|Someone Has To Pay
6/22/2016 1:28:02 PM
By Barney Blakeney
Had another knock-down, drag-out difference of opinions with a news source last night.
My source is a strong-willed, opinionated and brilliant woman with whom it’s hard to get a word in edge-wise when she’s pumped up.
She’s been described as a nut case. And it’s true! The sister is nuts when it comes to standing up for her constituents. She get so impassioned, sometimes I think she’ll blow a gasket.
Anyway, we were talking about folks who silently endure injustices. Too many people see things that aren’t just, but say nothing because they don’t want to jeopardize their own situation. My source said she gives those people a pass. They have secure jobs, mortgages, kids in school. I’ve always challenged that line of logic. We’ve all got stuff we want to protect.
But I see people like Malcolm, Martin and Muhammad who put it all on the line to challenge the injustices they saw. I figure those who are unwilling to make sacrifices are undeserving of the benefits that come as a result of those sacrifices. A man unwilling to work doesn’t deserve to eat. Mind you, I say unwilling, not unable. There’s a difference.
So I got a little peeved the other day at receiving an anonymous letter from some guy asking the paper to investigate and expose a local public official who uses his influence to manipulate public projects for personal gain. Most of the stuff the writer wrote about is stuff that’s commonly known.
Until the past few decades, political power, and consequently economic power, was centered in downtown Charleston. A lot of people, not many of whom are black people, have gotten rich off development projects which were fueled by local government.
For decades black folks talked about the Urban Development Action Grants that funded Charleston Place and how money received from the feds to improve minority communities financed the redevelopment of the city that eventually displaced those black communities. The rich got richer and black folks got the hell out. Thirty-five years later the fourth generation of Charleston Place owners are paying back a portion of what’s owed. Watch who benefits from those shenanigans.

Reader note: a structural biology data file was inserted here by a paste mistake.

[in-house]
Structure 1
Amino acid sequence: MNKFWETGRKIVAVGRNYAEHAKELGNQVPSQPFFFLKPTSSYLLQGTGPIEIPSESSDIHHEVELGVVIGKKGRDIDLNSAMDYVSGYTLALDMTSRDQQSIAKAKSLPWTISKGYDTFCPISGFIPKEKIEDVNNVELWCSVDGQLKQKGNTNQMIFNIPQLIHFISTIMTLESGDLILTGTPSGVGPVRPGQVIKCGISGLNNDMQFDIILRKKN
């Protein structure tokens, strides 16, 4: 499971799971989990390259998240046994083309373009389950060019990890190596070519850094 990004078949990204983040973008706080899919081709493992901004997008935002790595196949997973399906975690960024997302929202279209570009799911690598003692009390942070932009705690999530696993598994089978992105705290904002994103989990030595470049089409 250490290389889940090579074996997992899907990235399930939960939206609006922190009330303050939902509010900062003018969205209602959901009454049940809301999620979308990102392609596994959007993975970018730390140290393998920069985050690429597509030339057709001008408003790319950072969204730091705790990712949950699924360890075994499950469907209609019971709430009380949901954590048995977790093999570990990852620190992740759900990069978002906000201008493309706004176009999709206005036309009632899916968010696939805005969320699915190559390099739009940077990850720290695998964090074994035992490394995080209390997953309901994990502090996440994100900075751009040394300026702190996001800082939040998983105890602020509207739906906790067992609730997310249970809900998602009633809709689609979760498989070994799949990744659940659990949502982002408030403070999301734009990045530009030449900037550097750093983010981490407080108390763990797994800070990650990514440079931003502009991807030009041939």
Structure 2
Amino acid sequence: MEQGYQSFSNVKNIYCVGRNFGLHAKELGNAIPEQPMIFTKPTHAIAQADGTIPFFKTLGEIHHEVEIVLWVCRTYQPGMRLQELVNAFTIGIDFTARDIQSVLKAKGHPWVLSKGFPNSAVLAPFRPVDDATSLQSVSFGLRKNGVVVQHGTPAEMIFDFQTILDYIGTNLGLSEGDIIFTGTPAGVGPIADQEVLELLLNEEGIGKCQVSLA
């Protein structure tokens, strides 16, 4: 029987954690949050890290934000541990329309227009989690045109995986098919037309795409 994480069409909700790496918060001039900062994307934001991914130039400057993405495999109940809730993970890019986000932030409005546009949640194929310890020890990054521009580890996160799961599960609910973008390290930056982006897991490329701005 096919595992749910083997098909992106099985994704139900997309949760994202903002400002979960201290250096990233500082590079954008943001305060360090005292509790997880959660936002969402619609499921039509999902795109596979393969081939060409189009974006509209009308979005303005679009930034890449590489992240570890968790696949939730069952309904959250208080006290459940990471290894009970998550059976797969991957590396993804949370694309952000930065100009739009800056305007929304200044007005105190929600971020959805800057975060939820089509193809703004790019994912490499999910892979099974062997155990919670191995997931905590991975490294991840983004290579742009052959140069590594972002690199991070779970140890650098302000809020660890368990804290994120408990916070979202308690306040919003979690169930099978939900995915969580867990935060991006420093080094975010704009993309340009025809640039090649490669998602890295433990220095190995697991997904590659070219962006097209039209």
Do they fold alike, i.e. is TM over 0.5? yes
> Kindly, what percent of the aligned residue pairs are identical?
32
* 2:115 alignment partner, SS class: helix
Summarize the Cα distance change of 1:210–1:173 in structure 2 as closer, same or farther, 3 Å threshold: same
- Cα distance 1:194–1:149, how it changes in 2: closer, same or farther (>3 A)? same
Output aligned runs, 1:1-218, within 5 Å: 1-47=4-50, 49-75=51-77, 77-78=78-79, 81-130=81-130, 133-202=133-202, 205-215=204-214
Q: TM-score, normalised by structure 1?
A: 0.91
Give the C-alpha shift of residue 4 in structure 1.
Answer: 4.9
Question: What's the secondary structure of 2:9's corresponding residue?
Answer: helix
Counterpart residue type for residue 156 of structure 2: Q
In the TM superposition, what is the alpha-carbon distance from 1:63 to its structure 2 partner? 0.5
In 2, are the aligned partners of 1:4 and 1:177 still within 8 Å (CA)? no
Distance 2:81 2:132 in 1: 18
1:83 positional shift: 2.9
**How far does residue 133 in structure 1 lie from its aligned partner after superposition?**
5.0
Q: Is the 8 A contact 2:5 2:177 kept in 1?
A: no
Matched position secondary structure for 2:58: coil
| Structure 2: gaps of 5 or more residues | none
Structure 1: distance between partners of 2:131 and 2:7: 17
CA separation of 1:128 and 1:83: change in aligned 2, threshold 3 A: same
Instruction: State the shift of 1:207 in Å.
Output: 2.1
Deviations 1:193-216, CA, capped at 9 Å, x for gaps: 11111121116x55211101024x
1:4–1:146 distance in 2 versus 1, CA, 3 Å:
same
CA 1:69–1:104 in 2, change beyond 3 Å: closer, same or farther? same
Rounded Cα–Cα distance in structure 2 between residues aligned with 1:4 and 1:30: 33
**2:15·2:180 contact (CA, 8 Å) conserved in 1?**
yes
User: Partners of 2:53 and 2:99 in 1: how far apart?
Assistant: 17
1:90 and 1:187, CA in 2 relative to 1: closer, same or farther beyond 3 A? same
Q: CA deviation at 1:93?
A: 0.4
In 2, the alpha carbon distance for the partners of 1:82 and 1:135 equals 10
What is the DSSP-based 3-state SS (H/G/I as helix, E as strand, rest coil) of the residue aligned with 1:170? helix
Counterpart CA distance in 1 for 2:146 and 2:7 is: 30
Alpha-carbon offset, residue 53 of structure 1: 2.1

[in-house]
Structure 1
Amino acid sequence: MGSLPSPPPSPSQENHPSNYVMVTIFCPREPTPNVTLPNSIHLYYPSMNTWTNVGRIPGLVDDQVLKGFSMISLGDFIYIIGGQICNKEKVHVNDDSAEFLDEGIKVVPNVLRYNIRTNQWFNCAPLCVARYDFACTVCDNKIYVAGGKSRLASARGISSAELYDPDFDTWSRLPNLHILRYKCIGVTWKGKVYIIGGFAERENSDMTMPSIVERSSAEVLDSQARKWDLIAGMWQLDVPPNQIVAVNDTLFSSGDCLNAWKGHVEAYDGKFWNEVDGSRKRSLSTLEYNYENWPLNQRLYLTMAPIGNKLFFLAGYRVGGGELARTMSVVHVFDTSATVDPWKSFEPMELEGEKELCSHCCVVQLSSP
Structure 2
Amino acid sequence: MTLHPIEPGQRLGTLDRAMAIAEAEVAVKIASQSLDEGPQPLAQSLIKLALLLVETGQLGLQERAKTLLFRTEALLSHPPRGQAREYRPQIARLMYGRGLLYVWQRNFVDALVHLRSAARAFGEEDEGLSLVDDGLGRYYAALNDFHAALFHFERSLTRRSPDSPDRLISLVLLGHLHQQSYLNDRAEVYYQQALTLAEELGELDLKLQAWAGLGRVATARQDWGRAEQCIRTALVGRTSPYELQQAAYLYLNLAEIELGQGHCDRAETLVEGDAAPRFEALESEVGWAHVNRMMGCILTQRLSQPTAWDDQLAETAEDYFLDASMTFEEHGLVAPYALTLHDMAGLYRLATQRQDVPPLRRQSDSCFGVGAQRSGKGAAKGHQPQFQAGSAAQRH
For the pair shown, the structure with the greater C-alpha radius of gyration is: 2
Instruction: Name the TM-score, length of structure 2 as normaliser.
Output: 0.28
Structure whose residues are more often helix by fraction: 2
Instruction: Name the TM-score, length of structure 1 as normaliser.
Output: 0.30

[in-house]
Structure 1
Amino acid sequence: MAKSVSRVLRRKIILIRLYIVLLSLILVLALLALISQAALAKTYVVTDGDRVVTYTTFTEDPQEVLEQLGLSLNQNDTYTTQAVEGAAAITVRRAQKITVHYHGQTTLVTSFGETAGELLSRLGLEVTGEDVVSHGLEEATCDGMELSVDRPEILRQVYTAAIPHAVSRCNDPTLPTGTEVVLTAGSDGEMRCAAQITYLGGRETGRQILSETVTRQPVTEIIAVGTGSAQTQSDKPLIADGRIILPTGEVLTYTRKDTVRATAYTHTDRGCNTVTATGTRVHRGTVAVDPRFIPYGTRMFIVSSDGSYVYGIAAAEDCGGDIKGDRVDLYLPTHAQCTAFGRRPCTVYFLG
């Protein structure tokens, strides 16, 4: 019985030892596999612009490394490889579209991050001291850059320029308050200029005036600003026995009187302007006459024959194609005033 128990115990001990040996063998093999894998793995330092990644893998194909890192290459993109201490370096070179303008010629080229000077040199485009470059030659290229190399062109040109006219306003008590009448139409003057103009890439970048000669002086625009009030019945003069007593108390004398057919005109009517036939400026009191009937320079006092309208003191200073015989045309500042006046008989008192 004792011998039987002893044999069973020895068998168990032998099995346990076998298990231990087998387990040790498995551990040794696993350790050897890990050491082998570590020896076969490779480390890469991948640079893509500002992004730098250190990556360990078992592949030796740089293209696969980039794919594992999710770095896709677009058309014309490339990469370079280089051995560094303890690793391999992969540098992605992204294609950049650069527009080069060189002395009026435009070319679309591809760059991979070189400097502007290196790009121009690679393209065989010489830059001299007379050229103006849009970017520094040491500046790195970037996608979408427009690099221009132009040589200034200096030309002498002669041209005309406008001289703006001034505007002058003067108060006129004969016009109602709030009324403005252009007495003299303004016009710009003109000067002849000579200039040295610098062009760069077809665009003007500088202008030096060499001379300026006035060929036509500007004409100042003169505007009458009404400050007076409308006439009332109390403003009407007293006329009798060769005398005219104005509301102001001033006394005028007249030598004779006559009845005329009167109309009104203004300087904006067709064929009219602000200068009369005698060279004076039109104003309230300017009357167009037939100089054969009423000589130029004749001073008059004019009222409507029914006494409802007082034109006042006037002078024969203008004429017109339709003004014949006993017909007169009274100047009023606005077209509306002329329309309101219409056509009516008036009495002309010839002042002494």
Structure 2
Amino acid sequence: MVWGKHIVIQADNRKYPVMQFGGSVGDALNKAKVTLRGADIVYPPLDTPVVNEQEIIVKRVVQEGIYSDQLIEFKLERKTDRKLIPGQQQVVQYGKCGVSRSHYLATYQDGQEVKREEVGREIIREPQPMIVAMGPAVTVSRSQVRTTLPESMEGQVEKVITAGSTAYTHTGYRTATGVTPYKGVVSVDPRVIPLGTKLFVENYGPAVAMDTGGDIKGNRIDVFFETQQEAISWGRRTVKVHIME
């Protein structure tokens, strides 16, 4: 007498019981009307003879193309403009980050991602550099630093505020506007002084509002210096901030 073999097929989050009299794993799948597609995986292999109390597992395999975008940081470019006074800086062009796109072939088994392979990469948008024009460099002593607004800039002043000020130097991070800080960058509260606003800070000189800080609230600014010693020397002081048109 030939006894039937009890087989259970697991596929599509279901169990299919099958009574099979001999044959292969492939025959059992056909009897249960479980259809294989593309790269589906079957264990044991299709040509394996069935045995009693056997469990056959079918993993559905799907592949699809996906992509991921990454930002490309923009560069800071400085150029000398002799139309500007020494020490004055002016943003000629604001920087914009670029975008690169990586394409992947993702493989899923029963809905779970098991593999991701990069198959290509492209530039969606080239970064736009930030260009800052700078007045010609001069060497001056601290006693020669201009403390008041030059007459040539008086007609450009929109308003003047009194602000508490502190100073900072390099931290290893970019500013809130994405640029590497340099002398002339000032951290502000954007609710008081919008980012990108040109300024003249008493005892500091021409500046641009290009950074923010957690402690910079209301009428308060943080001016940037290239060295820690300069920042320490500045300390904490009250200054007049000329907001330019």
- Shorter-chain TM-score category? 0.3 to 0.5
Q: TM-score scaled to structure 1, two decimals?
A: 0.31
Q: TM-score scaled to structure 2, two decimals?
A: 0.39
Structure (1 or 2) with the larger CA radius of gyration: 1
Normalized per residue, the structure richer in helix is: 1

According to the letter writer, the same thing’s unfolding in North Charleston. Centre Point developers at Tanger Outlet are benefiting from municipal incentives engineered by public officials who openly reap millions of dollars as a result. What’s so surprising to me is that those North Charleston gangsters boldly enrich themselves at public expense without a whisper from those who are supposed to watch the hen house.
The writer talked about retroactive Tax Increment Financing (TIF) reimbursements and future development projects guaranteed because of the political clout wielded by public officials influencing votes and contract awards. I’m still wondering why Charleston County purchased land on West Montague Avenue it had to have known would not be suitable for construction of a new transportation hub and who made that money.
From Awendaw to the Charleston International Airport, land and its development increasingly has become the motivation for exploitation and source of wealth. Some more enlightened cultures hold that people don’t own the land. We’re only its caretakers. But as most black folks relinquish their land rights, others profit from it. The letter writer said tens of millions of dollars are being pumped through the local economy that profit certain corrupt individuals who laugh at ethics rules with apparent impunity.
The letter writer wrote, “Life is a constant struggle between wanting to do right and wanting to see fairness, but having to provide for your family. When the reach of those we fear can affect one’s employment and termination, at the end of the day my kids need to eat, I have to pay the power bill, the mortgage and make car payments. The higher choice is to keep quiet and make sure the lights stay on.”
That’s the argument my news source made. I understand the argument. But I always reflect on the life of Dr. Martin Luther King Jr. He too had mortgages, light bills to pay and kids to feed. Like most of us, King wanted to see his kids grow into adulthood and experience the time-honored benefits of becoming a grandparent.
But he didn’t think the higher choice when confronting injustice was to remain silent - to go along and get along. King spoke out against injustice.
It cost him all those things we hold so dear. How does one live with oneself enjoying the fruit of another’s sacrifice unwilling to stand for right, never mind falling for it as Malcolm, Martin and Muhammad did?